Russia’s Foreign Minister To Meet With ASEAN Leaders: Analysis

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As Moscow and Washington prepare to face off over ASEAN, the stakes are high for both. 

By Chris Devonshire-Ellis 

Sergey Lavrov, Russia’s Foreign Minister Sergei Lavrov will take part in several meetings with ASEAN which will be held in Cambodia from Thursday (August 4). The annual ASEAN summit is being held a week later.

Despite US pressure on ASEAN to isolate Russia, the Southeast Asian bloc has generally reasoned that exclusion of Moscow from participation in ASEAN would be a missed opportunity for peaceful dialogue. Despite concerns, ASEAN still considers it important to cooperate with Moscow on the problems of global food and fuel shortages. There is also some consensus that Russia stands for some stability – as does ASEAN partnership with China.

Russia became a full dialogue partner with ASEAN in 1996. Since then, Moscow’s relations with the bloc have often coincided as concerns key global and regional issues and ties have developed. However, the Ukraine conflict has raised issues. Initially, ASEAN member countries expressed divergent views on Russia’s actions in Ukraine, but have managed to develop a common position on the conflict. In three bloc statements on the topic, they advocated an immediate ceasefire, peace talks, humanitarian aid, and an investigation into reported crimes. In addition, ASEAN expressed its readiness to contribute to any peace efforts.

Cambodia, hosting the meeting with Lavrov with Prime Minister Hun Sen, has turned out to be one of the most critical Asian leaders towards Moscow apart from Singapore, the only ASEAN member that supported Russian sanctions. Despite noting in March that “Russia is a friend of Cambodia who has helped our country more than once.” Hun Sen condemned Moscow because of the special operation in Ukraine and instructed his diplomats to choose Kiev when voting in international organizations. However, having joined the West by condemning Russia’s actions, Phnom Penh did not support the policy of isolating Moscow in the international arena.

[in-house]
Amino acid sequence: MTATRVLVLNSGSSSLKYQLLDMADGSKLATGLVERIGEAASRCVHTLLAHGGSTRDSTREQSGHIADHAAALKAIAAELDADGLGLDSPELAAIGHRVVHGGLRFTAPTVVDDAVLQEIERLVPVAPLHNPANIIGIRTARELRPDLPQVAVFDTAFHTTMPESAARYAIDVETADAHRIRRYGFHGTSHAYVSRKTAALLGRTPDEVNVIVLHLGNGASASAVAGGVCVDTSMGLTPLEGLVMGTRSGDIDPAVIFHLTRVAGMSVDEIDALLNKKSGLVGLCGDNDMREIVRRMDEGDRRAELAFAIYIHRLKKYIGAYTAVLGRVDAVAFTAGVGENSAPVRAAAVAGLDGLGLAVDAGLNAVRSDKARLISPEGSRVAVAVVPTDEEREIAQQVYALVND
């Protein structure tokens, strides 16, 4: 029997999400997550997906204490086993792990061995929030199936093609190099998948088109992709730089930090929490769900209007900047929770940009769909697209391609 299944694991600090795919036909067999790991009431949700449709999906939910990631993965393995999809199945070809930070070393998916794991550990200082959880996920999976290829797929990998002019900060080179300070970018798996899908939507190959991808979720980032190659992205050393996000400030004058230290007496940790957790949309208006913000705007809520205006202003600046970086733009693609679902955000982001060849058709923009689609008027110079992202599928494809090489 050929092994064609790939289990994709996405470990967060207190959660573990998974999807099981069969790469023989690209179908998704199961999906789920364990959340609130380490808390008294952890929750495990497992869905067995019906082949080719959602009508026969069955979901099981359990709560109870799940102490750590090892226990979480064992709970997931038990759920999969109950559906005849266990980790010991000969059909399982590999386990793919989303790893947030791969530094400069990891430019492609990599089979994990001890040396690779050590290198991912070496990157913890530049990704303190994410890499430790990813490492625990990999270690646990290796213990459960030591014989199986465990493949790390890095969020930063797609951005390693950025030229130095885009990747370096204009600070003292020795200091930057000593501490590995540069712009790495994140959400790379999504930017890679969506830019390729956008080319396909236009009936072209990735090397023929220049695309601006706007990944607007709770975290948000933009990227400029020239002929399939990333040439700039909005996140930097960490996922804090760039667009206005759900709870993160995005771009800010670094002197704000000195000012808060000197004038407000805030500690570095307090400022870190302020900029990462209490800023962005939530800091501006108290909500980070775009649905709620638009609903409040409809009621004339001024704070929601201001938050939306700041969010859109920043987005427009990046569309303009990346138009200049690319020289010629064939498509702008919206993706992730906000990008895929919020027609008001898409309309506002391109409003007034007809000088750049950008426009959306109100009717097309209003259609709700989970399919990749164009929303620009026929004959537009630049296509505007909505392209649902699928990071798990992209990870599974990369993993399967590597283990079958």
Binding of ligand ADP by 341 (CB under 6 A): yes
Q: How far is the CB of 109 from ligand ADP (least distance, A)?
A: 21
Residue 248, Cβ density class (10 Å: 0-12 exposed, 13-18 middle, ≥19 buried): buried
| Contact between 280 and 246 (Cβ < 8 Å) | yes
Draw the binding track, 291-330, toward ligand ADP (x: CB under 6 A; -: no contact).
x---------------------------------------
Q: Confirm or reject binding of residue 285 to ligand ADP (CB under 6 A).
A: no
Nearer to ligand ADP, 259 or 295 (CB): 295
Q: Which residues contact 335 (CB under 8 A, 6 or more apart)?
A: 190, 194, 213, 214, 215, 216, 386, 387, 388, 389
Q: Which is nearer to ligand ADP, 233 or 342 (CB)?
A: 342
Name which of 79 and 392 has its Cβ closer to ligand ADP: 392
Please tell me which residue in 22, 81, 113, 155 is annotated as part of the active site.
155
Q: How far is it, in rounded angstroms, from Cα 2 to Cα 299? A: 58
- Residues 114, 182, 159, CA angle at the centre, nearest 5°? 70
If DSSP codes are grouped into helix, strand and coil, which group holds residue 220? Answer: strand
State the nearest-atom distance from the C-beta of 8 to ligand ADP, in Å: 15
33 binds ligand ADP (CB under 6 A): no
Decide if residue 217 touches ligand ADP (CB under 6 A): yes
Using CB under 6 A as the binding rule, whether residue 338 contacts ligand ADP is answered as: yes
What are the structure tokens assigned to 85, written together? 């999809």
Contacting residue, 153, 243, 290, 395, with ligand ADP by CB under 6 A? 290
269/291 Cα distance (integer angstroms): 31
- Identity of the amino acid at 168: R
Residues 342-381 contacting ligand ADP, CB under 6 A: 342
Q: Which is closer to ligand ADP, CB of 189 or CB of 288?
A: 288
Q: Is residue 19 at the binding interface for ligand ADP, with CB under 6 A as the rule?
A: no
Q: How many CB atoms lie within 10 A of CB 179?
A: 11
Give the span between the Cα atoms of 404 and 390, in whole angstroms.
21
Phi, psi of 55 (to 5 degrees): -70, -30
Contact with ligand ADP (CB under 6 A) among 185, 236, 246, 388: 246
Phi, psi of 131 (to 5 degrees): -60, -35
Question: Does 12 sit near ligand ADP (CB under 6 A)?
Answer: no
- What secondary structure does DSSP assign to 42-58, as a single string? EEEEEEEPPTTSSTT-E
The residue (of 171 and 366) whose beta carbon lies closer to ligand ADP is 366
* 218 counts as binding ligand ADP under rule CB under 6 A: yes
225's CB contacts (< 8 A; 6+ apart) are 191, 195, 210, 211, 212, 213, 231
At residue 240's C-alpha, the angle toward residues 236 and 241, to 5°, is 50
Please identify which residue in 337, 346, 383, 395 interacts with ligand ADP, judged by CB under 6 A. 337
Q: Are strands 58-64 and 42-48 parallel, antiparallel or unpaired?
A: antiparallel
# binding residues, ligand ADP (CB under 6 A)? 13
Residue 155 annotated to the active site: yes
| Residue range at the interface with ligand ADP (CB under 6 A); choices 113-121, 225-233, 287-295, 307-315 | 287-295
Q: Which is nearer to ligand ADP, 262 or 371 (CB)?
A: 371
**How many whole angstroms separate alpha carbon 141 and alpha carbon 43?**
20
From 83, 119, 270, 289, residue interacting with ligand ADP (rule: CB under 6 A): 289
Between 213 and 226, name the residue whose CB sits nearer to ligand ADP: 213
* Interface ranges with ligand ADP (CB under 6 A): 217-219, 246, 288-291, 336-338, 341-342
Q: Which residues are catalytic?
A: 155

Although attempts to pressurize ASEAN’s leaders have been made, the Philippine’s Foreign Ministerial spokesman Daniel Espiritu has acknowledged that rather than exclude Russia, ASEAN decided to become a platform for dialogue. This is why Phnom Penh has invited Lavrov to take part in the regular meetings of the heads of foreign affairs agencies in the formats of the Russian Federation-ASEAN, the East Asia Summit and the ASEAN Regional Forum on Security.